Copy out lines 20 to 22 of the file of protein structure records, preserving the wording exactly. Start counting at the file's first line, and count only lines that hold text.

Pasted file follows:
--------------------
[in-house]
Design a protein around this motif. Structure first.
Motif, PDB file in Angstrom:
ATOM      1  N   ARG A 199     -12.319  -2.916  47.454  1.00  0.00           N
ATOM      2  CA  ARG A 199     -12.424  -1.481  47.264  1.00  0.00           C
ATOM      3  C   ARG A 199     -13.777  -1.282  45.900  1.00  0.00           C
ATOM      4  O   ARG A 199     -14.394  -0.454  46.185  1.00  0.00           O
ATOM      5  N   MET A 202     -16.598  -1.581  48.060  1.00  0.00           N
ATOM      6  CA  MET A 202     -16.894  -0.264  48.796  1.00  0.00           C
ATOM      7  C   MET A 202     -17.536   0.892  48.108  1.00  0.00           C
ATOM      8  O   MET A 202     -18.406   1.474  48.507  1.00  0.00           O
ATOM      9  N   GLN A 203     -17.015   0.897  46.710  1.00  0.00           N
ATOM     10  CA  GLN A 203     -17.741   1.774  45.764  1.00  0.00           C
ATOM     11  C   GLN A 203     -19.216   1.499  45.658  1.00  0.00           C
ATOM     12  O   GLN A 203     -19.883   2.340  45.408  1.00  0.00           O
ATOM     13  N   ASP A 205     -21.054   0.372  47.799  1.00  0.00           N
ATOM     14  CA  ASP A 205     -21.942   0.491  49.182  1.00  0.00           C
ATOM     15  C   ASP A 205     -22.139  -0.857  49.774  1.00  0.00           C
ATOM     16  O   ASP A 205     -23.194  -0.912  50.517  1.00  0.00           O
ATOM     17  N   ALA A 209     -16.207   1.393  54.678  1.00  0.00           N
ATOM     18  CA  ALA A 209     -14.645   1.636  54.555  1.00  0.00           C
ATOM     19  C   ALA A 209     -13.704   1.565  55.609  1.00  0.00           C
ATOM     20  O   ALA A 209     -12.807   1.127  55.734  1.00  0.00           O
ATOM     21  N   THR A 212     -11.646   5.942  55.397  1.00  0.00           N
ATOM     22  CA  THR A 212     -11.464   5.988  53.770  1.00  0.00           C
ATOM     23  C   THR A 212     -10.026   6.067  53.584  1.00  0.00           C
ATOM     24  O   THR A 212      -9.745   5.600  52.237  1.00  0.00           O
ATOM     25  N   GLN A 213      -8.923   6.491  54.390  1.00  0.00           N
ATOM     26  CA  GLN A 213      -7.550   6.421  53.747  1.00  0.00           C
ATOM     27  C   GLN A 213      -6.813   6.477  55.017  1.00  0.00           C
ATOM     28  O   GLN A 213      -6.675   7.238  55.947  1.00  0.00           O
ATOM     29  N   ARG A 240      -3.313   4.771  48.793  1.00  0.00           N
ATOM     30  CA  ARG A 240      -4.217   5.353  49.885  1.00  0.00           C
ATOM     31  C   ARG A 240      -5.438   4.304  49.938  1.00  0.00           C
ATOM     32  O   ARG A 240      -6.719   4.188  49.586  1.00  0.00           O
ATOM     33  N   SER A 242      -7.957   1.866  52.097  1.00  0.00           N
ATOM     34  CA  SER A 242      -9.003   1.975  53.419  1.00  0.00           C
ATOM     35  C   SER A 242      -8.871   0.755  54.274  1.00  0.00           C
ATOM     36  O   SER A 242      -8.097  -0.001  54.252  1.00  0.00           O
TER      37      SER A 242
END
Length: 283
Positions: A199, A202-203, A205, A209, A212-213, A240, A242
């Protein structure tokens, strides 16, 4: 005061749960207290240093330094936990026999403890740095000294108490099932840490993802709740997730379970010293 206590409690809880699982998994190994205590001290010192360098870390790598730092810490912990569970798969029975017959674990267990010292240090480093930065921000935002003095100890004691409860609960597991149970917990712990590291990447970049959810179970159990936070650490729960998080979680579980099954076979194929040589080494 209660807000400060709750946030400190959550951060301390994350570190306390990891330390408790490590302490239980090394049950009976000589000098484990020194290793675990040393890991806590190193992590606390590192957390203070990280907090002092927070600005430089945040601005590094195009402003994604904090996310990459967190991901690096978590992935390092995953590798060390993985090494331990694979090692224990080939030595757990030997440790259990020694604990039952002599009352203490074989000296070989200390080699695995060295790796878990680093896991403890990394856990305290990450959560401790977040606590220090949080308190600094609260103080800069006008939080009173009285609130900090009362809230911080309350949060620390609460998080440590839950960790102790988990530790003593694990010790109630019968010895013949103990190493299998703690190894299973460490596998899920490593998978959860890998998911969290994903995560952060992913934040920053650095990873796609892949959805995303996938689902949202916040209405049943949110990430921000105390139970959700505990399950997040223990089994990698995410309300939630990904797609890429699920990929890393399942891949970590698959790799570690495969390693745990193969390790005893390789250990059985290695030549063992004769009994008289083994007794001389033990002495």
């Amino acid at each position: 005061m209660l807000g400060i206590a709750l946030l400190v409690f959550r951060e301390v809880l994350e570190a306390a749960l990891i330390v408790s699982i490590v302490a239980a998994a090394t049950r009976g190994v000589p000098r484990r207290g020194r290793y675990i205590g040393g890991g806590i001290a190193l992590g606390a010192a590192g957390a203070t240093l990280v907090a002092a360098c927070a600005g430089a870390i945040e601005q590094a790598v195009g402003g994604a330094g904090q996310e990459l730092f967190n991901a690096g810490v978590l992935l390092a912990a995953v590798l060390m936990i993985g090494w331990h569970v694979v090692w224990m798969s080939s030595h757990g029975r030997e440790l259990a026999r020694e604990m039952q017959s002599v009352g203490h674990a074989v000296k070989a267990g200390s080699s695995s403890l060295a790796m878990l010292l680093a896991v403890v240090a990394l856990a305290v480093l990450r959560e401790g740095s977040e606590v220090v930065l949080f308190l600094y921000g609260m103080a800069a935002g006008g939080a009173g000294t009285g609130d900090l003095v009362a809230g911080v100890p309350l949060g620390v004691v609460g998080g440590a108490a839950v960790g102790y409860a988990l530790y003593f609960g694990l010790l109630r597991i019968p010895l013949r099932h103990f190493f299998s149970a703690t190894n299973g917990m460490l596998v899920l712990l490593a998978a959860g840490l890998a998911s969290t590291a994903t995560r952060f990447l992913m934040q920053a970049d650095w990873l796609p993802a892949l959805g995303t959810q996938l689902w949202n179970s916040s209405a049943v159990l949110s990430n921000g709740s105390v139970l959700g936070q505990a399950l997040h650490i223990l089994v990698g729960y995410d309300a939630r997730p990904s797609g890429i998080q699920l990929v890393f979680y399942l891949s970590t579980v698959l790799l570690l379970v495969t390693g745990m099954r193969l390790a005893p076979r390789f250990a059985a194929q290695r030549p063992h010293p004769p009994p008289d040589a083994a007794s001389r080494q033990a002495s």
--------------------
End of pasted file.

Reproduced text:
ATOM     17  N   ALA A 209     -16.207   1.393  54.678  1.00  0.00           N
ATOM     18  CA  ALA A 209     -14.645   1.636  54.555  1.00  0.00           C
ATOM     19  C   ALA A 209     -13.704   1.565  55.609  1.00  0.00           C